Thursday, 5 July 2018

Iranians spent billions in virtual currency as Trump withdraws from nuclear deal.

Mohammad Reza, chairman, Economic Commission, Iran Parliament, revealed that Iranian citizens have spent billions in virtual currency. Unfortunately, it has all been sent outside the country. Reza was quoted by the Financial Tribune, saying

“Despite the fact that a minority of the people of our country are customers of virtual currencies and their new markets, more than $2.5 billion has fled the country following their purchase while a majority of people active in this area are in it for speculative activities and macro profits”

As reported by Financial Magnates, the revelation by Mohammad comes just a day after Trump, U.S president, indicated that he will be leading the U.S out of an agreement made back in 2015 between P5+1 nations (China, France, U.K, U.S, and Russia + Germany) and Iran. In the deal, the US was to lift the economic sanctions put on Iran and Iran would honor the deal by scaling down its nuclear involvement.

Although Reza indicated Iran’s involvement in cryptocurrency, he noted that a domestic virtual currency would be their ideal choice instead of using a ‘foreign digital currency’. The Economic Commission chairperson said,

“The future of world economy will be decided by digital currencies, but the use of foreign digital currencies can cause serious hazards for the country in its banking system because of their lack of transparency and absence of an entity backing them”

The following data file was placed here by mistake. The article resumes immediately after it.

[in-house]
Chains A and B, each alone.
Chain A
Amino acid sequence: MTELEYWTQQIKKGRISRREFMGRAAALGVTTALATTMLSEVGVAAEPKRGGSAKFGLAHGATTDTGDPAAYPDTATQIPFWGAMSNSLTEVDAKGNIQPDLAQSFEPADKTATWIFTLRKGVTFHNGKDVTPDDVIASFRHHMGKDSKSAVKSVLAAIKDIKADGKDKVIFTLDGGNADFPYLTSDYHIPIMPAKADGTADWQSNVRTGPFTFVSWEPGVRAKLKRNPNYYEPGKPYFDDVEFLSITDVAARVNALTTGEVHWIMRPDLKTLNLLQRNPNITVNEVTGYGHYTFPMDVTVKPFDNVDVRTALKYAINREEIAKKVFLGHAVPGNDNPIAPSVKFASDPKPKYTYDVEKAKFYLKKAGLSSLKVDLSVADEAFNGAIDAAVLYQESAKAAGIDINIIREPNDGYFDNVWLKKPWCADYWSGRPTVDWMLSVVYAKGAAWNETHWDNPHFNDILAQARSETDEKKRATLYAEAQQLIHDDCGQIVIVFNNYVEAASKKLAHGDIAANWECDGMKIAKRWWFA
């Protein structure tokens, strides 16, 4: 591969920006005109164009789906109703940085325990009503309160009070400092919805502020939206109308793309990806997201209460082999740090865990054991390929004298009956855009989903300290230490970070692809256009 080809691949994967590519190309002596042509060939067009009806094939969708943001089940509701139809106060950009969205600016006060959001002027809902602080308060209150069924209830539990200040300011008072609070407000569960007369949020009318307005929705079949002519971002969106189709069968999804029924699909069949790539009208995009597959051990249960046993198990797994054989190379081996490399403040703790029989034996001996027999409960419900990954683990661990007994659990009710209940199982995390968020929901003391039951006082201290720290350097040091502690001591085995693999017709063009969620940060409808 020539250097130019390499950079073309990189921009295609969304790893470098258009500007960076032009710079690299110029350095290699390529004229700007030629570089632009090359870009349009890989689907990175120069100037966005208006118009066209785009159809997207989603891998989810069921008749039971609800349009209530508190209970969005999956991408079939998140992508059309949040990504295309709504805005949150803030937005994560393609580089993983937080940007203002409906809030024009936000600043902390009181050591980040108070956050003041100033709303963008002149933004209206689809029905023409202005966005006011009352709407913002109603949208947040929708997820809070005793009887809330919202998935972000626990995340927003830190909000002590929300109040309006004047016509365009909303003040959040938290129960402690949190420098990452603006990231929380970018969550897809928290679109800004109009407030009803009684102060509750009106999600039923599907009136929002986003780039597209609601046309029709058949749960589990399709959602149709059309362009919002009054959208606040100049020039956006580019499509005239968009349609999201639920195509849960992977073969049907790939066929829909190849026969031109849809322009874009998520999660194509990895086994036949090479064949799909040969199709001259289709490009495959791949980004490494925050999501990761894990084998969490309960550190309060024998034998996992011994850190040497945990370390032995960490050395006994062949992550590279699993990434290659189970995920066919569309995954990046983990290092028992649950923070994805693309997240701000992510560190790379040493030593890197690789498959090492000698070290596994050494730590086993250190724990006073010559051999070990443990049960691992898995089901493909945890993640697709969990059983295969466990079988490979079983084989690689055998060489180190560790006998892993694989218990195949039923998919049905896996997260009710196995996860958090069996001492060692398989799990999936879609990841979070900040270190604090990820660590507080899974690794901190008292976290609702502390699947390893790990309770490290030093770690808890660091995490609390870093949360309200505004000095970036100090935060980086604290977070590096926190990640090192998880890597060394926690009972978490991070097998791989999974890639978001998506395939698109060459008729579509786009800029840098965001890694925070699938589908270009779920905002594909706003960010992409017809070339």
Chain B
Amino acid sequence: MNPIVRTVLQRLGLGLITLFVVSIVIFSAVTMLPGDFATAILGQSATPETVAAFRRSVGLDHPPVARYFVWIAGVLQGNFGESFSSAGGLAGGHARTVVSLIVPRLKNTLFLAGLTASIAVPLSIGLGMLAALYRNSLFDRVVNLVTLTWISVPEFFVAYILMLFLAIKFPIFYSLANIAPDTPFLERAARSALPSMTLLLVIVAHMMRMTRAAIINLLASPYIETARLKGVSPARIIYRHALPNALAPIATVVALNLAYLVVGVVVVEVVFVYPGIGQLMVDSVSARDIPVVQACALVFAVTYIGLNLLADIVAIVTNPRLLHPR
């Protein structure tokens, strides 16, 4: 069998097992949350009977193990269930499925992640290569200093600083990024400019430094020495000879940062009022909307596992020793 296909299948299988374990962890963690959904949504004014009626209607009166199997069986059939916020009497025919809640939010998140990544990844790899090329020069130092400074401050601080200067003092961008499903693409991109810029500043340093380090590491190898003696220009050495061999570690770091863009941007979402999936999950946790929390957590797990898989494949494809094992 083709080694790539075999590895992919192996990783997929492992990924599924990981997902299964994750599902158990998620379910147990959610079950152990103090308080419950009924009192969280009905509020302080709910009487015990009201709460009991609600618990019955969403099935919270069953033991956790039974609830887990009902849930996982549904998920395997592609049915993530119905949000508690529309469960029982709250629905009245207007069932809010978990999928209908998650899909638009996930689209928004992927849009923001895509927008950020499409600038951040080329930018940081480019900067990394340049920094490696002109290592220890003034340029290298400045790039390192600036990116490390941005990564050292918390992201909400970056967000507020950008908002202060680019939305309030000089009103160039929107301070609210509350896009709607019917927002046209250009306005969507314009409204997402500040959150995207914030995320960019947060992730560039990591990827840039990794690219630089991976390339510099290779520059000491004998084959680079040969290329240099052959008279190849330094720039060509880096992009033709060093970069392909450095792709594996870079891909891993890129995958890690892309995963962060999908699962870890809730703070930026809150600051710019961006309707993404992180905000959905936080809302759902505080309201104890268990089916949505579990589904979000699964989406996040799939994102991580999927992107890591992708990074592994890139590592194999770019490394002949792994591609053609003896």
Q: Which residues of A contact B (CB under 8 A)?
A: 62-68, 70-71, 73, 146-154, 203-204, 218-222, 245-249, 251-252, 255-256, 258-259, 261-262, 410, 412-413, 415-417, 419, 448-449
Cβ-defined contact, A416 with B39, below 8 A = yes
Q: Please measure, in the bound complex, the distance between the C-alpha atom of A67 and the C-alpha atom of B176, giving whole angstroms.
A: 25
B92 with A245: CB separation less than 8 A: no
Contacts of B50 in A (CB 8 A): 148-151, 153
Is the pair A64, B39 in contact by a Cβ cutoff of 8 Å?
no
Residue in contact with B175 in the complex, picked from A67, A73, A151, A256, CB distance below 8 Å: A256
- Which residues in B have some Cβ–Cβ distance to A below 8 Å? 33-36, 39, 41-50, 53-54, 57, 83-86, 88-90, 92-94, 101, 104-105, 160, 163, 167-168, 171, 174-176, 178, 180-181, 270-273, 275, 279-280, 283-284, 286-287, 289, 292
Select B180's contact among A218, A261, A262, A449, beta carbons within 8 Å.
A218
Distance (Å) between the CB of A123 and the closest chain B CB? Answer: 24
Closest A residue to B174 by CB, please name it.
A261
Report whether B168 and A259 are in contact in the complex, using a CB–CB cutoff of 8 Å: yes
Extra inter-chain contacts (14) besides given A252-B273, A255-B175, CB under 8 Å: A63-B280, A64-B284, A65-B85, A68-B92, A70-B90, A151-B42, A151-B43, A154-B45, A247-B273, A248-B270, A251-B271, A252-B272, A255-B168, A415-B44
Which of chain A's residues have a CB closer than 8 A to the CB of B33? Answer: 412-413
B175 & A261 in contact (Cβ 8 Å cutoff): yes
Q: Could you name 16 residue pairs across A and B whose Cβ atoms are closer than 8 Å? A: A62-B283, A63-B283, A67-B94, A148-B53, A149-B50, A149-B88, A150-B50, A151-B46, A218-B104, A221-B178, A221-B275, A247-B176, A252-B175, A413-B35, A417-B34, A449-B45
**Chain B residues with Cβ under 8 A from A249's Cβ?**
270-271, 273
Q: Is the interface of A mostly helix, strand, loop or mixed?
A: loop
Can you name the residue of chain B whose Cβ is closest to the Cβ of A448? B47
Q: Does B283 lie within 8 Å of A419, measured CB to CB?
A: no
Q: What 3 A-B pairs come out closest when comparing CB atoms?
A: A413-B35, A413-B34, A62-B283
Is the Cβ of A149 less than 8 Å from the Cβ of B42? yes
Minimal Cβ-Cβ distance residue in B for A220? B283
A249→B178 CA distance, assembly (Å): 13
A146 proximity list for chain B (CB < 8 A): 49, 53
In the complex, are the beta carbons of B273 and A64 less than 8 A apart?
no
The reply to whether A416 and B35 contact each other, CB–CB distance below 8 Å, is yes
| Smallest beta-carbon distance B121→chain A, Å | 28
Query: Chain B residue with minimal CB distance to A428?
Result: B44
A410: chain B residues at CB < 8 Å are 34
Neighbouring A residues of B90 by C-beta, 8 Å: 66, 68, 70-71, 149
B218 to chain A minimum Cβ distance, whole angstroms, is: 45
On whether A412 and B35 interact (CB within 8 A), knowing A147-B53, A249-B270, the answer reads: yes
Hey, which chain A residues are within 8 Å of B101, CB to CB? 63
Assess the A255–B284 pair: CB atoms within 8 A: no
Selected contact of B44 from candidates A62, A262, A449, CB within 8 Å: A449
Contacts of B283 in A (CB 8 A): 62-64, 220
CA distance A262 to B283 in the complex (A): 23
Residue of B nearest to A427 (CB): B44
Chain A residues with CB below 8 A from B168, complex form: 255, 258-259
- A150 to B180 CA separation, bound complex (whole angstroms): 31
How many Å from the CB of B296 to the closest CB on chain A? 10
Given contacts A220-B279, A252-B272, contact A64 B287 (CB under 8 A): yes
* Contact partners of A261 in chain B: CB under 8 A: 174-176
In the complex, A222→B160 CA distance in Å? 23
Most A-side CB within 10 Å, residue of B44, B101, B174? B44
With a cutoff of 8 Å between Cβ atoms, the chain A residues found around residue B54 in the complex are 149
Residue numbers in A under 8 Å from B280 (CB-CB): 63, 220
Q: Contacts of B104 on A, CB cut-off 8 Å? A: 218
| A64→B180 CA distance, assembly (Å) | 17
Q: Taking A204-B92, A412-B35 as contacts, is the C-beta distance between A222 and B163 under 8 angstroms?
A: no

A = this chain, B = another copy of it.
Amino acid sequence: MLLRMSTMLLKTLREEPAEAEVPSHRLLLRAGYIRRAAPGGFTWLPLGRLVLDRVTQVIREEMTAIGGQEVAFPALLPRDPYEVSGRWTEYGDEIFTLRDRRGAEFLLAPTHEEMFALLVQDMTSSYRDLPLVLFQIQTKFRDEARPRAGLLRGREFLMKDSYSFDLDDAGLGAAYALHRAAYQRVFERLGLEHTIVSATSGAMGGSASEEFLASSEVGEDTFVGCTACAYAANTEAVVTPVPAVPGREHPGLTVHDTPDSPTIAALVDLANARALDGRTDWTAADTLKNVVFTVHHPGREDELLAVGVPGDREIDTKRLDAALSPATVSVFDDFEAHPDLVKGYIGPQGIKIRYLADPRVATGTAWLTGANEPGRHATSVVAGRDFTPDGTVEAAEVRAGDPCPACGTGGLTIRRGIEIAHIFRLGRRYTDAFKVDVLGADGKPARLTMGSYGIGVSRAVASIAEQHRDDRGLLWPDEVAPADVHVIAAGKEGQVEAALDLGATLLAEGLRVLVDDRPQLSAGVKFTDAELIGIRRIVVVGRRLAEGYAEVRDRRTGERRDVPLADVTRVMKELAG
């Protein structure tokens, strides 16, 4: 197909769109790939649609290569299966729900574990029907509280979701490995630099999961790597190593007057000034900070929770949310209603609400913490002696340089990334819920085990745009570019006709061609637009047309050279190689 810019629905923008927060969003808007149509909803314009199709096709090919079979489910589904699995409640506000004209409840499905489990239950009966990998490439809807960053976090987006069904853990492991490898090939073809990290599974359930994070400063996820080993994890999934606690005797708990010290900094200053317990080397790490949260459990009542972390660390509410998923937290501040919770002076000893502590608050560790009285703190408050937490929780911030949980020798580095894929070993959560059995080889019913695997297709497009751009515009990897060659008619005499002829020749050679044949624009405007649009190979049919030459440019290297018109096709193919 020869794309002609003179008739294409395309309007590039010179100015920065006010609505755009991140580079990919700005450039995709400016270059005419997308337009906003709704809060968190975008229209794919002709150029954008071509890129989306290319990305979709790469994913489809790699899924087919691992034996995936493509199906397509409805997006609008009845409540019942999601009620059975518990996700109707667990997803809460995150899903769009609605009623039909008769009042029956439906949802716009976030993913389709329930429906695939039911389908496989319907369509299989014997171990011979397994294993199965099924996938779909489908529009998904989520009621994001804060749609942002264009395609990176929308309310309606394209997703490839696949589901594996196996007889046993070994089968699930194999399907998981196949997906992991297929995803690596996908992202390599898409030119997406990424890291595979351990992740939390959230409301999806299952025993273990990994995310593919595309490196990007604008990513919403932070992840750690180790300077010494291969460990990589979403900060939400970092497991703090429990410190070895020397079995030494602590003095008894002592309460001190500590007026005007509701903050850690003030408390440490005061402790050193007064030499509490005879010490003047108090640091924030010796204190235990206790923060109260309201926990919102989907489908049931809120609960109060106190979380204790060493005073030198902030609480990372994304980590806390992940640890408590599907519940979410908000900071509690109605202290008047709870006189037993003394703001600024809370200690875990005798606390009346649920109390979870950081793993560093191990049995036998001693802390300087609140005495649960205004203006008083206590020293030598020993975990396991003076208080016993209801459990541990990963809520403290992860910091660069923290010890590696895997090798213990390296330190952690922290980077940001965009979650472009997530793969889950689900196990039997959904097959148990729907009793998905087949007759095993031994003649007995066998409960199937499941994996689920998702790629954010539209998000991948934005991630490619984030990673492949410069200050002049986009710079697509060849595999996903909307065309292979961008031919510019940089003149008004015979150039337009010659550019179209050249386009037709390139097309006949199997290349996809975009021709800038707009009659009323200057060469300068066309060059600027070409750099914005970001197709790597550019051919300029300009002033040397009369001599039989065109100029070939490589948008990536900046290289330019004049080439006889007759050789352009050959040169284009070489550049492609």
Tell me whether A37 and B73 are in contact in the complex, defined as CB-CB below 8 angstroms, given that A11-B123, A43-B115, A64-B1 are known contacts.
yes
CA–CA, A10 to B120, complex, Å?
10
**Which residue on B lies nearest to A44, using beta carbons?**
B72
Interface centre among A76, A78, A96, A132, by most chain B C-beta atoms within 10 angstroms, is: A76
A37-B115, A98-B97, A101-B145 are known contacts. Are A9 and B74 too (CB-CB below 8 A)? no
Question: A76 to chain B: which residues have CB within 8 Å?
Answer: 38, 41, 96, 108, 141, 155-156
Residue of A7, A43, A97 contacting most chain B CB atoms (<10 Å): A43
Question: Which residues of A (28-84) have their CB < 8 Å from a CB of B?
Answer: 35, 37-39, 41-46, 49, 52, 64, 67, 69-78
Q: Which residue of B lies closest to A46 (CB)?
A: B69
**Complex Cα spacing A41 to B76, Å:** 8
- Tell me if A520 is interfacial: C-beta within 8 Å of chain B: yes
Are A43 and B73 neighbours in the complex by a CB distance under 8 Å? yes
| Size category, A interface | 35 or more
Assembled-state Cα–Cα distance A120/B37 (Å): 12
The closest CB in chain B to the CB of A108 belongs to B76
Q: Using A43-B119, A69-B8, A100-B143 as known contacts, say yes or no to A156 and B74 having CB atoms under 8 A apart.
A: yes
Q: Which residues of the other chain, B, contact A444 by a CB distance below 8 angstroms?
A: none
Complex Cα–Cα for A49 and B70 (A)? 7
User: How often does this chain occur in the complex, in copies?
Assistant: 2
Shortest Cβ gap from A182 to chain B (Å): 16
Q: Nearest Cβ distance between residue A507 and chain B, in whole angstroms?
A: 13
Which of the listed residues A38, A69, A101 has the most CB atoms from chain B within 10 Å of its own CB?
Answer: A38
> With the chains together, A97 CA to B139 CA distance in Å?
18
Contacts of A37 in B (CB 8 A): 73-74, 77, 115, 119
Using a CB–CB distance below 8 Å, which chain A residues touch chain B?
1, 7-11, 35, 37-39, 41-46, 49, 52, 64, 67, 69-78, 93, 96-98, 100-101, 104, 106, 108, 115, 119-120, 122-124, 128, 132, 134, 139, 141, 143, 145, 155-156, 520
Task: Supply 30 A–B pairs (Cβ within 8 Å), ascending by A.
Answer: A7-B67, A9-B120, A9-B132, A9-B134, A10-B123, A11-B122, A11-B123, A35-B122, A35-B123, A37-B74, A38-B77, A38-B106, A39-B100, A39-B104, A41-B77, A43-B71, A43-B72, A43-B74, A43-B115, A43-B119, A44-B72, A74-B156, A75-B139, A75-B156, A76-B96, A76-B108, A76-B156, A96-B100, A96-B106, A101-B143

Considering the recent developments in Iran on virtual currencies, the government and the country’s central bank seem not to be reading from the same script.

Last year, the ICT deputy minister in Iran indicated that they are laying a solid ground to bring Bitcoin onboard. Then, in early this year, Iran was reportedly looking into developing a state-backed cryptocurrency. But the journey towards cryptocurrency in Iran was halted when Iran’s central bank, in April this year, restricted other financial institutions from dealing with crypto-related accounts/institutions citing money laundering and other illegal activities being funded using digital money.

Although the ICT ministry has a new head who strongly believes in the digital coins, we are yet to see the official stand that Iran will take concerning virtual currencies, whether they will adopt the ‘foreign’ or they will develop their own. “The ban (by Iran’s central bank) does not mean the prohibition or restriction of the use of digital currency,” said Mohammad Javad, the new ICT head, as quoted by IRNA, a state news outlet.

Do you think Iran using billions in virtual currency is a sign they  may use cryptocurrencies to circumvent Trump’s economic sanction?

Join the conversation in the comments section below.



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